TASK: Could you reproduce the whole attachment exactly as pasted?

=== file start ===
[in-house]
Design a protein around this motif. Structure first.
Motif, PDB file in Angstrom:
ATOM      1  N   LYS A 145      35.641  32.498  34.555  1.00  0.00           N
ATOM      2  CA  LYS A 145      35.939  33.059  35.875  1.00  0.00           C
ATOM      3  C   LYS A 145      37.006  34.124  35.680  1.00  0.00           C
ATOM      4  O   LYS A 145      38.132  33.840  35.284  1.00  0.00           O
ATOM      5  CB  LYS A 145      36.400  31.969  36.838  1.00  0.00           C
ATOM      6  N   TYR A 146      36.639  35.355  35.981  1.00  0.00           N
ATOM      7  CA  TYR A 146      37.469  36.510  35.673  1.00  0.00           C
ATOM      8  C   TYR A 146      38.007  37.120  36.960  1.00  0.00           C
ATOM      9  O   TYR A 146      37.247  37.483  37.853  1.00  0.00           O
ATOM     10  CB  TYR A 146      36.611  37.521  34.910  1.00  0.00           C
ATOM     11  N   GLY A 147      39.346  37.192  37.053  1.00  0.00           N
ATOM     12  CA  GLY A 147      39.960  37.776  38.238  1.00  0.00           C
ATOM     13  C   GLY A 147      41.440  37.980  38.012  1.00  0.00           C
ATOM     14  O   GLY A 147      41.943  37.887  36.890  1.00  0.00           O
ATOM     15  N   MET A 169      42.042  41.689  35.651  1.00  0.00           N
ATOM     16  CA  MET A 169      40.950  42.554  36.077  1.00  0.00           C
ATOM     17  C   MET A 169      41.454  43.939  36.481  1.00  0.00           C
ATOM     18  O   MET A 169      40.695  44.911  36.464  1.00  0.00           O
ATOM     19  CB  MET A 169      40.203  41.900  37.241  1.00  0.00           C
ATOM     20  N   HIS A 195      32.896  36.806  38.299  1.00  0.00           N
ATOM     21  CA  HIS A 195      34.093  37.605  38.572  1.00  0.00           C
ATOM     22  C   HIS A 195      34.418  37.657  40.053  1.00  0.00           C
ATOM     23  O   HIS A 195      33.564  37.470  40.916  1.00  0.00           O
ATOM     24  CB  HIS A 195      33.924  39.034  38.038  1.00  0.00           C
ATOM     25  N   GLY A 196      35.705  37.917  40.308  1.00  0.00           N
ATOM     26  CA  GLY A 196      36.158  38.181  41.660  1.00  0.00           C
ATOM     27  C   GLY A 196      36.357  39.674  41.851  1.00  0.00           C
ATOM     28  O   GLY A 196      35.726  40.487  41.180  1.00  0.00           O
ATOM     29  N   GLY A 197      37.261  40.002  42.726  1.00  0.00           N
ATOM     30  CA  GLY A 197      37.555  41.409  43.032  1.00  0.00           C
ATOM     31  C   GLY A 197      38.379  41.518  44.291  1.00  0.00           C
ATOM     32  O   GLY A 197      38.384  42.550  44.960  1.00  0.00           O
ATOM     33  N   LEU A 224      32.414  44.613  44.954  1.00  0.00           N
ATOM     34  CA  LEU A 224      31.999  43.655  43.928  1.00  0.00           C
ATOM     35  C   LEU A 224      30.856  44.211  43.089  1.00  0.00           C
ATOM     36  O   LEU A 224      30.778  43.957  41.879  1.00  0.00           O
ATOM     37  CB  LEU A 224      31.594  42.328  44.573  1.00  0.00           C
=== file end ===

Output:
[in-house]
Design a protein around this motif. Structure first.
Motif, PDB file in Angstrom:
ATOM      1  N   LYS A 145      35.641  32.498  34.555  1.00  0.00           N
ATOM      2  CA  LYS A 145      35.939  33.059  35.875  1.00  0.00           C
ATOM      3  C   LYS A 145      37.006  34.124  35.680  1.00  0.00           C
ATOM      4  O   LYS A 145      38.132  33.840  35.284  1.00  0.00           O
ATOM      5  CB  LYS A 145      36.400  31.969  36.838  1.00  0.00           C
ATOM      6  N   TYR A 146      36.639  35.355  35.981  1.00  0.00           N
ATOM      7  CA  TYR A 146      37.469  36.510  35.673  1.00  0.00           C
ATOM      8  C   TYR A 146      38.007  37.120  36.960  1.00  0.00           C
ATOM      9  O   TYR A 146      37.247  37.483  37.853  1.00  0.00           O
ATOM     10  CB  TYR A 146      36.611  37.521  34.910  1.00  0.00           C
ATOM     11  N   GLY A 147      39.346  37.192  37.053  1.00  0.00           N
ATOM     12  CA  GLY A 147      39.960  37.776  38.238  1.00  0.00           C
ATOM     13  C   GLY A 147      41.440  37.980  38.012  1.00  0.00           C
ATOM     14  O   GLY A 147      41.943  37.887  36.890  1.00  0.00           O
ATOM     15  N   MET A 169      42.042  41.689  35.651  1.00  0.00           N
ATOM     16  CA  MET A 169      40.950  42.554  36.077  1.00  0.00           C
ATOM     17  C   MET A 169      41.454  43.939  36.481  1.00  0.00           C
ATOM     18  O   MET A 169      40.695  44.911  36.464  1.00  0.00           O
ATOM     19  CB  MET A 169      40.203  41.900  37.241  1.00  0.00           C
ATOM     20  N   HIS A 195      32.896  36.806  38.299  1.00  0.00           N
ATOM     21  CA  HIS A 195      34.093  37.605  38.572  1.00  0.00           C
ATOM     22  C   HIS A 195      34.418  37.657  40.053  1.00  0.00           C
ATOM     23  O   HIS A 195      33.564  37.470  40.916  1.00  0.00           O
ATOM     24  CB  HIS A 195      33.924  39.034  38.038  1.00  0.00           C
ATOM     25  N   GLY A 196      35.705  37.917  40.308  1.00  0.00           N
ATOM     26  CA  GLY A 196      36.158  38.181  41.660  1.00  0.00           C
ATOM     27  C   GLY A 196      36.357  39.674  41.851  1.00  0.00           C
ATOM     28  O   GLY A 196      35.726  40.487  41.180  1.00  0.00           O
ATOM     29  N   GLY A 197      37.261  40.002  42.726  1.00  0.00           N
ATOM     30  CA  GLY A 197      37.555  41.409  43.032  1.00  0.00           C
ATOM     31  C   GLY A 197      38.379  41.518  44.291  1.00  0.00           C
ATOM     32  O   GLY A 197      38.384  42.550  44.960  1.00  0.00           O
ATOM     33  N   LEU A 224      32.414  44.613  44.954  1.00  0.00           N
ATOM     34  CA  LEU A 224      31.999  43.655  43.928  1.00  0.00           C
ATOM     35  C   LEU A 224      30.856  44.211  43.089  1.00  0.00           C
ATOM     36  O   LEU A 224      30.778  43.957  41.879  1.00  0.00           O
ATOM     37  CB  LEU A 224      31.594  42.328  44.573  1.00  0.00           C